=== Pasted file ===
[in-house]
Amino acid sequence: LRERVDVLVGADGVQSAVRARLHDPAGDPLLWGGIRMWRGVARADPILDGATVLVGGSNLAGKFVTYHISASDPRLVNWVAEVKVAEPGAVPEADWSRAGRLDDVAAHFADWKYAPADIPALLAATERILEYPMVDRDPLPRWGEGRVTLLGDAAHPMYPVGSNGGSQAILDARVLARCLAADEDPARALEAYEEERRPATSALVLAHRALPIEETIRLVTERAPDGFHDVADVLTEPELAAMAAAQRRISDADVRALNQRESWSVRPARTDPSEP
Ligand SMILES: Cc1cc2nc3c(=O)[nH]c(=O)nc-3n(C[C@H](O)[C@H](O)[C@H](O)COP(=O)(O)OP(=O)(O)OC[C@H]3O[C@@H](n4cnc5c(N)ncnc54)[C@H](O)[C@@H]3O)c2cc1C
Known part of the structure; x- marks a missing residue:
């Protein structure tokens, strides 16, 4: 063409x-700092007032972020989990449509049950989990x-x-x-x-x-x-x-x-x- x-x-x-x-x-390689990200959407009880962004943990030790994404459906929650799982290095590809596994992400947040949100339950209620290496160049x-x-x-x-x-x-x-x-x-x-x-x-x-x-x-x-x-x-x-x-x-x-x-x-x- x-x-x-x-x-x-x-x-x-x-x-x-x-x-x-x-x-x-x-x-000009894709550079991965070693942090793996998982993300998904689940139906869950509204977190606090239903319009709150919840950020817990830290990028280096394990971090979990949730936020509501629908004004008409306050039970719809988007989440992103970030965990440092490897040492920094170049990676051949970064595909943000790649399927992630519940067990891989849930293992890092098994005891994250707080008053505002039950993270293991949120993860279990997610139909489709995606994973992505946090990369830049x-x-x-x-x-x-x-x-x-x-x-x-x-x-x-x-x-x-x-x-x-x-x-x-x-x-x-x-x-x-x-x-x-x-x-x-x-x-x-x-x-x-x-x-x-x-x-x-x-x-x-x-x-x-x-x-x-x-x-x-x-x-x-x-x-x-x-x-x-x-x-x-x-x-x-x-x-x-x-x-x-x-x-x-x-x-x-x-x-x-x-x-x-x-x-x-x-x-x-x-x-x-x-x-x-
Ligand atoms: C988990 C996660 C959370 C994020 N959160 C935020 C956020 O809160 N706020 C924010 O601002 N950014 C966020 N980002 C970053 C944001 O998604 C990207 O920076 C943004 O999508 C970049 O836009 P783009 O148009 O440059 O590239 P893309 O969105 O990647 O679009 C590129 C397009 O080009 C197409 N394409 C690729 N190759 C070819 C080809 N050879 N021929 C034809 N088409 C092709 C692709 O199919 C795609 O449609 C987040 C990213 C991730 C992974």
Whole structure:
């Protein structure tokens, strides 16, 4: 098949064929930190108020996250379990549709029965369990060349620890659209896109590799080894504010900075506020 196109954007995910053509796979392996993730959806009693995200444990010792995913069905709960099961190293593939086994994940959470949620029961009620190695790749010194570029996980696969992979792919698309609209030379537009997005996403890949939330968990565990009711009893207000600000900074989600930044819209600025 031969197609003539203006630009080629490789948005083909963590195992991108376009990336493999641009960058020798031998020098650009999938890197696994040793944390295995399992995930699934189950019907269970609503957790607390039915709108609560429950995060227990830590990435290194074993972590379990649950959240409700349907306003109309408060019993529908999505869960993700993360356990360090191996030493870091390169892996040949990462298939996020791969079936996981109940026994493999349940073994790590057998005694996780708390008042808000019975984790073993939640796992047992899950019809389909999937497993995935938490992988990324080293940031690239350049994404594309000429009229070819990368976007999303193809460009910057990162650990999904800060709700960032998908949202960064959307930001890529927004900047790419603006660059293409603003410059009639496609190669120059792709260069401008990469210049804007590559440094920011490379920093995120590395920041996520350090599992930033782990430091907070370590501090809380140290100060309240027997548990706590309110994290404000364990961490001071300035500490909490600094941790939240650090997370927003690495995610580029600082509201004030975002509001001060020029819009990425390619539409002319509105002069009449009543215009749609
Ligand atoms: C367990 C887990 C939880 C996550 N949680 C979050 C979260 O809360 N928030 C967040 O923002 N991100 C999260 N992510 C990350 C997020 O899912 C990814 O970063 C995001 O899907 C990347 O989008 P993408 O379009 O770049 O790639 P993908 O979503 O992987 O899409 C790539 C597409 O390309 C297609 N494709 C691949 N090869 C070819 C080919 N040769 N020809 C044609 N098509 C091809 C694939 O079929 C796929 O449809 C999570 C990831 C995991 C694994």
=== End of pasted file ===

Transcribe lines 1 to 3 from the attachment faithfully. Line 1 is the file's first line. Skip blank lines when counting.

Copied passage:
[in-house]
Amino acid sequence: LRERVDVLVGADGVQSAVRARLHDPAGDPLLWGGIRMWRGVARADPILDGATVLVGGSNLAGKFVTYHISASDPRLVNWVAEVKVAEPGAVPEADWSRAGRLDDVAAHFADWKYAPADIPALLAATERILEYPMVDRDPLPRWGEGRVTLLGDAAHPMYPVGSNGGSQAILDARVLARCLAADEDPARALEAYEEERRPATSALVLAHRALPIEETIRLVTERAPDGFHDVADVLTEPELAAMAAAQRRISDADVRALNQRESWSVRPARTDPSEP
Ligand SMILES: Cc1cc2nc3c(=O)[nH]c(=O)nc-3n(C[C@H](O)[C@H](O)[C@H](O)COP(=O)(O)OP(=O)(O)OC[C@H]3O[C@@H](n4cnc5c(N)ncnc54)[C@H](O)[C@@H]3O)c2cc1C